the high schools. Both tbe colleges
and the students lose by this defect
In the educational system.
MVyiClPAL HOME. RUtE. i
In his lecture here under the
auspices of the Omaha Real Estate
exchange, Clinton Rogers Woodruff,
secretary of the National Municipal
league, explained what municipal
home rule really means. He said that
it meant the largest possible scope for
local self-government and that it
meant leaving it to the community to
provide for its own local "affairs, sub
ject only to the paramount authority
of the state in matters of law enforce
ment, sanitation and, sometimes, of
police administration. Municipal home
rule, he explained' further, does not
mean that any particular officer, or
class of officers, should be elected or
sppolnted, but rather that the people
of each community should be author
ised to decide for themselves upon the
manner or method of filling offices
without being compelled to go to the
legislature for permission for every
The definition of municipal homo
rule given by, Mr. Woodruff unques
tionably conforms with the Ideas that
prevail generally among those who
have given the best thought and study
to the problem of city government.
The idea that home rule means
screens back in tho saloons, beer on
Sunday, restoration ot slot machine
gambling, a wide open town, . or
elective police commissioners, or all
of them, is pure fiction, manufactured
for political capital and particular ap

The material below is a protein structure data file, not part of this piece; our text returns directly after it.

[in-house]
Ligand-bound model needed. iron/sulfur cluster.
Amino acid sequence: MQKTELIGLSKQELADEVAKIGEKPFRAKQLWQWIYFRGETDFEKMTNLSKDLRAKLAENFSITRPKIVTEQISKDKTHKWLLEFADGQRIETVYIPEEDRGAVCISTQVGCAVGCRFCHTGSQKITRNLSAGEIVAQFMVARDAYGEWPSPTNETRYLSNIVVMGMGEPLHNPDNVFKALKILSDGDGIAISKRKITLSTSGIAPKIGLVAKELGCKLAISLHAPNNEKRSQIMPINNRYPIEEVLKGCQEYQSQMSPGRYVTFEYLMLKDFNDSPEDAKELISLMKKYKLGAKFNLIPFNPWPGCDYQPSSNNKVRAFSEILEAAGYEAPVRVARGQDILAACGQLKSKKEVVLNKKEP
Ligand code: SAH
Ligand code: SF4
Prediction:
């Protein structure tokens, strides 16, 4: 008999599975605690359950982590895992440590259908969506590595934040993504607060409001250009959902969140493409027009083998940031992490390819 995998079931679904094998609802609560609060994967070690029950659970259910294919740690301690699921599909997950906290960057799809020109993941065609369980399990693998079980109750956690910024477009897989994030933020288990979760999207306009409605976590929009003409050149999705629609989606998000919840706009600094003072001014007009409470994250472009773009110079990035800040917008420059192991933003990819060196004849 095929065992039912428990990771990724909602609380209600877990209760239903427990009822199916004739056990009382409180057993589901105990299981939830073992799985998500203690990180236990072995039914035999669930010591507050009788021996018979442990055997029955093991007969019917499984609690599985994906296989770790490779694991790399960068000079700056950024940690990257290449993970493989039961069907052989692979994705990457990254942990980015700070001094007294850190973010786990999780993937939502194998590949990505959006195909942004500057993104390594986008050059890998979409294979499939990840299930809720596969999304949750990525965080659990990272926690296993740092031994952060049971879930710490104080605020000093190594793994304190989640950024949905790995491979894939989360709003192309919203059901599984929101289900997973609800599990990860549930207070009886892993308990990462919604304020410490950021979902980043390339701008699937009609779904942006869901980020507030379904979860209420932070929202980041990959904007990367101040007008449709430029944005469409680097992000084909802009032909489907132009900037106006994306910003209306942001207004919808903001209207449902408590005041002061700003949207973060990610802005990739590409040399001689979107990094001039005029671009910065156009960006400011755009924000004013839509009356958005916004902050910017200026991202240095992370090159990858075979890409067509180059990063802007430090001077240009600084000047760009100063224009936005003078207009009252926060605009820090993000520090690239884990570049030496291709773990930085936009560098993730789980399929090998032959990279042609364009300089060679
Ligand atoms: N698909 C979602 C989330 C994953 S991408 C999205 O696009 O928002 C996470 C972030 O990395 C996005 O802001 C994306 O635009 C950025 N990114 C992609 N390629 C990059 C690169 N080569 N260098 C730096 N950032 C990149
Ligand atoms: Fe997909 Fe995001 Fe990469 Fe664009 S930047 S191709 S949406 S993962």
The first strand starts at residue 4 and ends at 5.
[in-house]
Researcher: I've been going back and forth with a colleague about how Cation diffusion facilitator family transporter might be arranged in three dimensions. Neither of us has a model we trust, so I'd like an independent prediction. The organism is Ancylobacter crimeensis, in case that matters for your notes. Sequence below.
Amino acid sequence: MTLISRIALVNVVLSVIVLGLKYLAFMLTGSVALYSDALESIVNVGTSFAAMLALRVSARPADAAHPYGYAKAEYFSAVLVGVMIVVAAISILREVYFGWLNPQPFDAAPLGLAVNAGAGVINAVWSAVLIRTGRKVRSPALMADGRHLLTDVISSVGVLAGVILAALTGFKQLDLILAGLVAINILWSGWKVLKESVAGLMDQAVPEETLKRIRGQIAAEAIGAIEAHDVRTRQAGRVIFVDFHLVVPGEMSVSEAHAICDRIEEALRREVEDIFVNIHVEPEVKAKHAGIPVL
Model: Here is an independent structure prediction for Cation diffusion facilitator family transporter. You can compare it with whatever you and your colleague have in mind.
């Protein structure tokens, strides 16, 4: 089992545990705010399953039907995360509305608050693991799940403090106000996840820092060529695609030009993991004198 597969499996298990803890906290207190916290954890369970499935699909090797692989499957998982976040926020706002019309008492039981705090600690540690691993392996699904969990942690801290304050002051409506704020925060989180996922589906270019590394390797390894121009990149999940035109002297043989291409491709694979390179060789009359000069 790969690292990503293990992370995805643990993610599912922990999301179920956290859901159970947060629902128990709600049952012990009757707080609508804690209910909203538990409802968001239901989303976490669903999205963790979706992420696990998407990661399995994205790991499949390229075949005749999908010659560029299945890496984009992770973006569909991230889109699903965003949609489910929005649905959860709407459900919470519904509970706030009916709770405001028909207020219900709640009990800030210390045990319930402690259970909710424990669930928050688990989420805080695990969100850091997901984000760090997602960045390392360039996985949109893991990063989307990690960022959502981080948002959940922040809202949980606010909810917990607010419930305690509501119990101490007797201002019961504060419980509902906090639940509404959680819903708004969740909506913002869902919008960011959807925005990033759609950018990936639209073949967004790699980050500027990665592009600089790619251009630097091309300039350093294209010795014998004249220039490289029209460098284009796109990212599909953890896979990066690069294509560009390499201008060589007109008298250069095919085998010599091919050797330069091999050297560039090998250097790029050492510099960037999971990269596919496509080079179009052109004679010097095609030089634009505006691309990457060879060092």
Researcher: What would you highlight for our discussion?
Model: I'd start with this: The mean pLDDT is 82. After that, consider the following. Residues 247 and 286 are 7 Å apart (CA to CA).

plication by the candidate who hap
pens to be seeking office.
. The kind ot municipal homo rule
which gives us real local self-government
will come. only when an end has
been made to biennial charter tinker
ing at1 Lincoln. , .
FOR A SUMMER CAPITAL.
We doubt If much enthusiasm in
congress or out will be aroused over
the bill offered by Mr. Landis of In
diana for the construction of a "Coun
try White House" at West Point for
use as the summer home and business
office of the president.
The president will probably bo
among tbe first to oppose such a prop
osition. Washington is unbeatable In
the summer, to those who can afford
to get away during the heated term,
but It would mean little to tbe presi
dent simply to transfer the deadly
grind of routine official business from
the Potomac to the Hudson. It would
mean that the offleeseekers snd others
would go to West Point Instead of to
Washington at a time when the presi
dent, being entirely human, would be
trying to get away from the. cares of
office and to find a little recreation
In the enjoyment of private life, or
an approach to it. ' Of course, there
is always a mass of official business
that must have the president's atten
tion, but he can better attend to this
in a summer home of his own seeking,
.where he can putvup the "No Tres
passing" sign and meet only those